The Great Digg Riots of 2007: Digg Caves In, Link to Encryption Keys All You Want, Kiddos

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Looks Like The iPhone Needs Some Pizzazz

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The nerds cried foul and Digg acquiesced. Digg’s founder—and deity to many—Kevin Rose just posted an explanation for all the shenanigans that happened yesterday regarding HD DVD encryption key stories being pulled. The short of it, Digg has a policy of removing stories from the front page that it deems could get it into legal trouble—porno, piracy, and here, encryption keys. But since so many users were virtual rioting, Rose caved in.

Now digg the story.

This is fairly significant for a number of reasons. One, I’d like to see the MPAA or Earth Police or whomever try to take down the many sites that now link to the code. Two, it shows the power of user-generated content: how much power do you, Web 2.0 proprietors, really have over what your users create? Take away that power and the users threaten to leave, which is what happened to Rose’s Digg. Too much power and you threaten your own survival from a legal standpoint.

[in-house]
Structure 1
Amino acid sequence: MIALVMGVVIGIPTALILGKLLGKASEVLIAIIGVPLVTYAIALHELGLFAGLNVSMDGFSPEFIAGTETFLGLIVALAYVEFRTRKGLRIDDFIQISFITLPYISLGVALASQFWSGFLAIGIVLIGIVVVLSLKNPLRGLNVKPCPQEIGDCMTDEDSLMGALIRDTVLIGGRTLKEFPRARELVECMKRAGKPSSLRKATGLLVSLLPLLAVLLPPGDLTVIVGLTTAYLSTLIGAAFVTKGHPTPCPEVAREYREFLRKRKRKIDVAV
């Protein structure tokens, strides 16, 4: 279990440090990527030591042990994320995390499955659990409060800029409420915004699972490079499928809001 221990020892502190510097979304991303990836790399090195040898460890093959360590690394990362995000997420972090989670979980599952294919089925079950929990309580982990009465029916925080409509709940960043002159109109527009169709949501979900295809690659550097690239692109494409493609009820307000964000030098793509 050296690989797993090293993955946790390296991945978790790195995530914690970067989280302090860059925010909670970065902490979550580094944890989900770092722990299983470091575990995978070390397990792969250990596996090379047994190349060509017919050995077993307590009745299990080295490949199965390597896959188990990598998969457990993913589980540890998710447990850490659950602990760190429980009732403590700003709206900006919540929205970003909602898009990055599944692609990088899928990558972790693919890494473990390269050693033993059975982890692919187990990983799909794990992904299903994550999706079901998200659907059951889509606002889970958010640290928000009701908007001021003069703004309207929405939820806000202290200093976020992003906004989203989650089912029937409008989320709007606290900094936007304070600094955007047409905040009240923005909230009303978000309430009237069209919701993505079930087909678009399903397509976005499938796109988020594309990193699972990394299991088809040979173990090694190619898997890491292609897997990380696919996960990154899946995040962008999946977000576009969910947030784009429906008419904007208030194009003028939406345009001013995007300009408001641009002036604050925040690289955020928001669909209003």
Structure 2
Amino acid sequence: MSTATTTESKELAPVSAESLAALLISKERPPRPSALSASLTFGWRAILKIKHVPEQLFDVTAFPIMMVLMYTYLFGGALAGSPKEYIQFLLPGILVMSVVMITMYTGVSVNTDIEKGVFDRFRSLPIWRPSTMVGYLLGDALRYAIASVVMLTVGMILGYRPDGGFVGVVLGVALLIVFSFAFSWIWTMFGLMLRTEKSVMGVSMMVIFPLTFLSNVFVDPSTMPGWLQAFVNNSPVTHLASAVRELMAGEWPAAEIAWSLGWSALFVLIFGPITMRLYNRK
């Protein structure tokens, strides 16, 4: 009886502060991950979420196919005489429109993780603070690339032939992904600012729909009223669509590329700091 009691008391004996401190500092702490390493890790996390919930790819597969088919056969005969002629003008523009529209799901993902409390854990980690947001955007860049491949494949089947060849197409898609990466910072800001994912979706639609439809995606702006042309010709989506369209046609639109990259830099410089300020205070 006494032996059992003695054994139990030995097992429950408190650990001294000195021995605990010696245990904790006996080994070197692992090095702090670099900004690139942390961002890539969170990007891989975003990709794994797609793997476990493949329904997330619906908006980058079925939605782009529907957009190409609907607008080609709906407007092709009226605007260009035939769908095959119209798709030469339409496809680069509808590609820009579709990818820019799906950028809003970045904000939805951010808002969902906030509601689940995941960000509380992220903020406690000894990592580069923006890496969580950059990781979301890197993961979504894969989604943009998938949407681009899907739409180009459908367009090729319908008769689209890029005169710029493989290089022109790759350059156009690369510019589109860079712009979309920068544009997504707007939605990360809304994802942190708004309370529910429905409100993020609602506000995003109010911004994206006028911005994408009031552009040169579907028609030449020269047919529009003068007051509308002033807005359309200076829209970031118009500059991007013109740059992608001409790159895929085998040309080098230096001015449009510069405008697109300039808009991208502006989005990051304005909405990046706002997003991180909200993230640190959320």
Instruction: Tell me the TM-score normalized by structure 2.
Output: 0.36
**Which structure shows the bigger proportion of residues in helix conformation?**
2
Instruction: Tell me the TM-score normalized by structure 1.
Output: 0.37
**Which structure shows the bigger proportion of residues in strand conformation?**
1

I, for one, found the self-righteous attitude of many of the Digg users to be a little silly, as if it’s their natural right to be able to post whatever they want on the site. Remember, if Rose gets sued, he winds up in court, not you guys.

But never mind, go forth and spread the offending line of hex as you see fit.

Digg This: 09-f9-11-02-9d-74-e3-5b-d8-41-56-c5-63-56-88-c0 [Digg Blog]

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